The first of the St. Trinian's movies was a sensation on its release, and for Sim, whose popularity with the public new no bounds, it was a career high as he played not one but two dodgy characters, and one of those in drag as a most unlikely woman, which was part of the joke, naturally. It was also a highlight for the production team of Frank Launder (who also directed) and Sidney Gilliat, who had been alerted to the following Ronald Searle's naughty schoolgirl cartoons had among the young by their own offspring, and thought it would make a good premise for a film; in fact it became a whole lucrative franchise for them.

The premise of Searle's drawings was that anarchy and chaos were preferable to order and decorum, something that appealed to fifties kids who wished to be able to rebel against an education system far stricter then than it is now - there's no hint the pupils here would ever get the cane for their antics, for instance. Yet oddly when Launder and Gilliat translated those cartoons to screen form they opted not to make this a movie centered upon the kids, and instead gave the lion's share of the time to the teachers, leaving the girls a rather anonymous band of troublemakers, though once the plot involving a racehorse got going some of them won a decent amount of lines.

But really it was Sim who most would recall, and it's his comic talents which have made this endure in Britain as a longstanding favourite of irreverent humour, the sort of thing the nation's funnymen and women did so well. With a pleasing hint of off-colour japery ("I cannot afford to have continual arson about in my school!" quoth Miss Fritton - say it out loud), the results were a neat mix of broad gags such as the hockey match which descends into predictable violence, and more witty, character-based material at which this cast were only too capable. They included Sim's onetime protégé George Cole as Flash Harry, the role which surely put him in mind for Arthur Daley later on in TV hit Minder.

In addition, Joyce Grenfell appeared as the undercover policewoman, reuniting with Sim after their previous, not dissimilar success in The Happiest Days of Your Life, here in the film most would remember her for, and the teachers included such valuable character actresses as Beryl Reid (with a monocle), Irene Handl (teaching English with broad Cockney tones) and Joan Sims (very glamorous for a change). Even the pupils had a few recognisable faces amongst them such as Barbara Windsor or Shirley Eaton, and if you were very sharp you'd spot Searle himself as a parent. If this wasn't quite as consistently hilarious as its reputation, the overall sense of a bunch of professionals depicting a shower of non-professionals was very welcome, and there were many amusing lines which hit their targets, not to mention the clever sight gags (the school motto was "In Flagrante Delicto"!), so if it had a ramshackle air then that was by canny design. It's so cheerily badly behaved you can understand why so many took it to their hearts. Music, including the plinky-plonky theme, by Malcolm Arnold.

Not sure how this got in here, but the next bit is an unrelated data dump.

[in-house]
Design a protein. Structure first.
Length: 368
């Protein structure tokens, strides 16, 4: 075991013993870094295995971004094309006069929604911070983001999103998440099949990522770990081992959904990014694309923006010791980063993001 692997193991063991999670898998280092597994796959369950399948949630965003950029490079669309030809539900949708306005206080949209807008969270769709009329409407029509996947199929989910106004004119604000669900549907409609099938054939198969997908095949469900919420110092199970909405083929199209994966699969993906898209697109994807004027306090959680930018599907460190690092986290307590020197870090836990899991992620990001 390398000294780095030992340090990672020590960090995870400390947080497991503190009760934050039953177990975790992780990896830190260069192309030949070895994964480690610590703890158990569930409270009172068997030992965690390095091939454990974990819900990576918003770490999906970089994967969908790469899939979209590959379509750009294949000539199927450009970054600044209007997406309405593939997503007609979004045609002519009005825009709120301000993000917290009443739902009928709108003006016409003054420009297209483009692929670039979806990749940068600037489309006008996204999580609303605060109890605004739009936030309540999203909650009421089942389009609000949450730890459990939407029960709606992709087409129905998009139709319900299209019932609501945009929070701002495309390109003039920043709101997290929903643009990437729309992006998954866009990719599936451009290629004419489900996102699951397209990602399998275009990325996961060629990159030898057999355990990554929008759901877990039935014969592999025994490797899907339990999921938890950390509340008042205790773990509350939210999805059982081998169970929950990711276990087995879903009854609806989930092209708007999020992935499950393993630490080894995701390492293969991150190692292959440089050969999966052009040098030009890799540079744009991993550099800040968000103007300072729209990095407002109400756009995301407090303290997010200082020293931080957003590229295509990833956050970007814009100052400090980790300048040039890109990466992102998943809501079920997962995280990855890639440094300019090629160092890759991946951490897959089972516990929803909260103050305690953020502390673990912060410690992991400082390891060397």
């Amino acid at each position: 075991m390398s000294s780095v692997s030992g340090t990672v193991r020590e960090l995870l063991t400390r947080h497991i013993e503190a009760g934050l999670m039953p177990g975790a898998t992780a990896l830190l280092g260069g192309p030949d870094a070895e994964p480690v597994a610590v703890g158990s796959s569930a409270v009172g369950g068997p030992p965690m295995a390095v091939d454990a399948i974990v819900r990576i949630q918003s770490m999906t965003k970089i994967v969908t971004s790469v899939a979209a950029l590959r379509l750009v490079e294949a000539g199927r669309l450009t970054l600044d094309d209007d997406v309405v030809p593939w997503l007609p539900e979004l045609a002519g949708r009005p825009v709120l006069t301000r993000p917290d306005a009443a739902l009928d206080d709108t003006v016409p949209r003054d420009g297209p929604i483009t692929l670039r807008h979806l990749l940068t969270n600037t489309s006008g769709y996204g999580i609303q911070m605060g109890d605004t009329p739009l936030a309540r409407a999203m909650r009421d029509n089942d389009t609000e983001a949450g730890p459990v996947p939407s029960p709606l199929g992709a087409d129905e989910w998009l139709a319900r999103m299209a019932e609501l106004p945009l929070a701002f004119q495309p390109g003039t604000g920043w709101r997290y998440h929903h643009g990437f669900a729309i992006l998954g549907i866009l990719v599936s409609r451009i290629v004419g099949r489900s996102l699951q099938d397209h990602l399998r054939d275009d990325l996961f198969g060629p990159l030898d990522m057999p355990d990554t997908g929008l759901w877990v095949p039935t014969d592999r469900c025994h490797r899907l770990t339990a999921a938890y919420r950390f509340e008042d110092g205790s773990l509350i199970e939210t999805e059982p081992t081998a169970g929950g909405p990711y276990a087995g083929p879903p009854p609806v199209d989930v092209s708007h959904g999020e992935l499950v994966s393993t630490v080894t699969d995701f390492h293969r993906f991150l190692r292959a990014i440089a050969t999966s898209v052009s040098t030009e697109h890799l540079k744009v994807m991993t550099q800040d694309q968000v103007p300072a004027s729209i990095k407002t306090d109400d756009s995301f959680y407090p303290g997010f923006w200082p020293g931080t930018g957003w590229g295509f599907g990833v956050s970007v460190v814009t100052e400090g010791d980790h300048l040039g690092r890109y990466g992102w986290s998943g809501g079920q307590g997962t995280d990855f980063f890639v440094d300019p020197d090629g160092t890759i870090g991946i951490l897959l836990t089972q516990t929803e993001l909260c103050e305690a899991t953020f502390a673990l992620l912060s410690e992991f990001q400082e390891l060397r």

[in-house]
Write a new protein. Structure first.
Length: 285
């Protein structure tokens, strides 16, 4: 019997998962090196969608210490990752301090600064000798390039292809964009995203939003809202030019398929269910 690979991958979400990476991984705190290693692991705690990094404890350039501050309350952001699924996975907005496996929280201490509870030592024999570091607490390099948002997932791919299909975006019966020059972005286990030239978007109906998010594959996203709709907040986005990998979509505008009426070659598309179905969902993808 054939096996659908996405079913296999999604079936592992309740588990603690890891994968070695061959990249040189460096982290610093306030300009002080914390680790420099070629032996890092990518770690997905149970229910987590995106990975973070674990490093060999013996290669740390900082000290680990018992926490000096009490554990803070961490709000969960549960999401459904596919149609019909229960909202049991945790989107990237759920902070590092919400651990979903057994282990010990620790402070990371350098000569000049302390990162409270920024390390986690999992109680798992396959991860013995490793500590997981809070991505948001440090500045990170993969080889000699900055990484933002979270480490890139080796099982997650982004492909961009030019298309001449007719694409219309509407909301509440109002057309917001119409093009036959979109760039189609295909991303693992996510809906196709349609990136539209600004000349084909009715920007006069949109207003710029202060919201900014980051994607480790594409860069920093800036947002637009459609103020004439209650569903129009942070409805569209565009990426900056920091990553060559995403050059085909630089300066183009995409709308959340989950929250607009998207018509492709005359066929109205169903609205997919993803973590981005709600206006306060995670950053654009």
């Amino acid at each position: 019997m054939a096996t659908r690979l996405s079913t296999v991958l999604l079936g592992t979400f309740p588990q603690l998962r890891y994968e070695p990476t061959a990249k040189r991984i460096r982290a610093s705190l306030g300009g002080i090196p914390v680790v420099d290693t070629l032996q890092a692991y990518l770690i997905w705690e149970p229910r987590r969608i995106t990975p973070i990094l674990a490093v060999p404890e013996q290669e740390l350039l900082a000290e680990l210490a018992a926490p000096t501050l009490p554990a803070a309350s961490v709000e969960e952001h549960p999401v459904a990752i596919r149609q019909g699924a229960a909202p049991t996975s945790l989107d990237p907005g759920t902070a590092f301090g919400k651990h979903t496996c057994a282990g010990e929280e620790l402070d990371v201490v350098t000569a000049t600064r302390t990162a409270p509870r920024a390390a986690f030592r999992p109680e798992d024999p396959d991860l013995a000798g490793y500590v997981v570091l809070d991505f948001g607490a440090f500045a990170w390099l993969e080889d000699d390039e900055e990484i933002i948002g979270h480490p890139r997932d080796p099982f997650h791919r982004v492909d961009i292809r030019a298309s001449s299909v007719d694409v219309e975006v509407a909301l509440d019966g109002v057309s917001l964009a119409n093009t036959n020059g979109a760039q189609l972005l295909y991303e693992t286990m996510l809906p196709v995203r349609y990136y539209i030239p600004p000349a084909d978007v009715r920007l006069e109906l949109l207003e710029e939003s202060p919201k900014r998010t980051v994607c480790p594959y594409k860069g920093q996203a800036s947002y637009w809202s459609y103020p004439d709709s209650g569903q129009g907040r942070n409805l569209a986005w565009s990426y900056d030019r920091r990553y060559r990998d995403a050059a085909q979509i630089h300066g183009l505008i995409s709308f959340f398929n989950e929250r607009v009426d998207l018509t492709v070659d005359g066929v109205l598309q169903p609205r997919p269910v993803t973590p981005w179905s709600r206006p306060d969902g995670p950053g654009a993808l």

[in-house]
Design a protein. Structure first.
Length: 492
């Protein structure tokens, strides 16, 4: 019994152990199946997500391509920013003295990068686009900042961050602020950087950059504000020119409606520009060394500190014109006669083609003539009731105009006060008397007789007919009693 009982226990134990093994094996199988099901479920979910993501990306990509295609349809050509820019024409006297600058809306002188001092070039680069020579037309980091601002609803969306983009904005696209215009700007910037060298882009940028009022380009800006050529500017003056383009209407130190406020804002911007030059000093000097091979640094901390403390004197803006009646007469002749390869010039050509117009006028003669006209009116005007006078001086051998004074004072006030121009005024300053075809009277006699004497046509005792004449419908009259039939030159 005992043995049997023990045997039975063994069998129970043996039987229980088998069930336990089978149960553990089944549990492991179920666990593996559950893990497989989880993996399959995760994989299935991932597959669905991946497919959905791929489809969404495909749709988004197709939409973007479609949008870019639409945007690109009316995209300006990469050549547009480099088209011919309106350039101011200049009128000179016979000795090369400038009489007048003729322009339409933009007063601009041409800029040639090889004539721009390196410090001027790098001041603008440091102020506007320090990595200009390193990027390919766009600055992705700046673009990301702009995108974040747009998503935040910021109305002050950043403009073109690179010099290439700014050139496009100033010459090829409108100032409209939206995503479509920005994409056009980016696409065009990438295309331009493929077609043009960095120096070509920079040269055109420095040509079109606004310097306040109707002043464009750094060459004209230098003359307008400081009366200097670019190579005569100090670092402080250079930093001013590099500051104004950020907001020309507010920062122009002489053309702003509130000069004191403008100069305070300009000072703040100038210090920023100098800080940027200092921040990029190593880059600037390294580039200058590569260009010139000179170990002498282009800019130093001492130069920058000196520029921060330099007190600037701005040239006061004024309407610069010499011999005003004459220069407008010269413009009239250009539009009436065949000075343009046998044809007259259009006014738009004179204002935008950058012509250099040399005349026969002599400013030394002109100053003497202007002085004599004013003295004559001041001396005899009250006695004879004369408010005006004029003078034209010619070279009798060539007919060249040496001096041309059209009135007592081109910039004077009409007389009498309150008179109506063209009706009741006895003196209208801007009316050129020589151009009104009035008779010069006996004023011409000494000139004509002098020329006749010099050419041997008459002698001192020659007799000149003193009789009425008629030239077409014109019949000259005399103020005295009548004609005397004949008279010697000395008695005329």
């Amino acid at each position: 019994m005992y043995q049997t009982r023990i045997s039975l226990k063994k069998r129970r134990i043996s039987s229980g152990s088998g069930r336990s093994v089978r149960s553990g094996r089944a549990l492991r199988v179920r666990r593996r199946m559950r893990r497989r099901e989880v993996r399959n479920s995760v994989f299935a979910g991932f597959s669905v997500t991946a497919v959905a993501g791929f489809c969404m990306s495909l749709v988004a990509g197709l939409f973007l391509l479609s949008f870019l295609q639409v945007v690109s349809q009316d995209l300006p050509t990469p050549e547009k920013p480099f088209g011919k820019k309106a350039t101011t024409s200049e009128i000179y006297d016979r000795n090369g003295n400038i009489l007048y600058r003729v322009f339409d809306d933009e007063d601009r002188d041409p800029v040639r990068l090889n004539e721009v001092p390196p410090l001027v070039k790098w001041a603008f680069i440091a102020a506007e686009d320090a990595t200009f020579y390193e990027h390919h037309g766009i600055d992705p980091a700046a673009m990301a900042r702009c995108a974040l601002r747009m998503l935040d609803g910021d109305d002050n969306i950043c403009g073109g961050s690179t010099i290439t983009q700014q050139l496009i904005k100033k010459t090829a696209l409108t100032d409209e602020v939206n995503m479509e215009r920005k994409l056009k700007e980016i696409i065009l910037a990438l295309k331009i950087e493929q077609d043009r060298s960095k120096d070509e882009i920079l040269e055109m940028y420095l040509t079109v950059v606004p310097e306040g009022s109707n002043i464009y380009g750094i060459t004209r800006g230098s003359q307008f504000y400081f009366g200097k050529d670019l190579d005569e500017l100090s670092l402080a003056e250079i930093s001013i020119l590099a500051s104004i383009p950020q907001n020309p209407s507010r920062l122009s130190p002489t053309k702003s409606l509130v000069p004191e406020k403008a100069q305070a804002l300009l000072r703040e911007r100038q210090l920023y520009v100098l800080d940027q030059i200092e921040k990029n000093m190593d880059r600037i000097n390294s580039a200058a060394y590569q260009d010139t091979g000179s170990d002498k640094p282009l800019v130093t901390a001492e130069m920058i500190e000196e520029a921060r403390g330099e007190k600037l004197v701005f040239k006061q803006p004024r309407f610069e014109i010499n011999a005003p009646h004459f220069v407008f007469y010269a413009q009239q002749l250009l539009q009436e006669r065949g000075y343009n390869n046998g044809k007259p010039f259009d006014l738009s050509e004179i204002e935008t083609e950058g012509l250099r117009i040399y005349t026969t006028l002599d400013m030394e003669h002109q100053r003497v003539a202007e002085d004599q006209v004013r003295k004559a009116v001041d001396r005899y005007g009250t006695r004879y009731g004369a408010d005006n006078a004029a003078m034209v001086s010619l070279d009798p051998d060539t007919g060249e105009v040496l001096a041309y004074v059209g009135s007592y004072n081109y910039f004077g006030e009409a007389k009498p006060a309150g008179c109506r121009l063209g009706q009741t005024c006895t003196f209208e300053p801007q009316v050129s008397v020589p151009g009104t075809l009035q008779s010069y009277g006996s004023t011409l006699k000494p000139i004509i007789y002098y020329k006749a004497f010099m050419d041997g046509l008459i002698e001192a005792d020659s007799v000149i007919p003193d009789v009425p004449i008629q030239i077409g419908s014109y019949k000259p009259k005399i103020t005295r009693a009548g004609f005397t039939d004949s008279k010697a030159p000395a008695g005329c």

Reviewer: Graeme Clark

 

This review has been viewed 3028 time(s).

As a member you could Rate this film

 
Review Comments (0)


Untitled 1

Login
  Username:
 
  Password:
 
   
 
Forgotten your details? Enter email address in Username box and click Reminder. Your details will be emailed to you.
   

Latest Poll
Which star probably has psychic powers?
Laurence Fishburne
Nicolas Cage
Anya Taylor-Joy
Patrick Stewart
Sissy Spacek
Michelle Yeoh
Aubrey Plaza
Tom Cruise
Beatrice Dalle
Michael Ironside
   
 
   

Recent Visitors
Graeme Clark
Darren Jones
Andrew Pragasam
Jason Cook
Enoch Sneed
  Desbris M
  Paul Tuersley
  Chris Garbutt
   

 

Last Updated: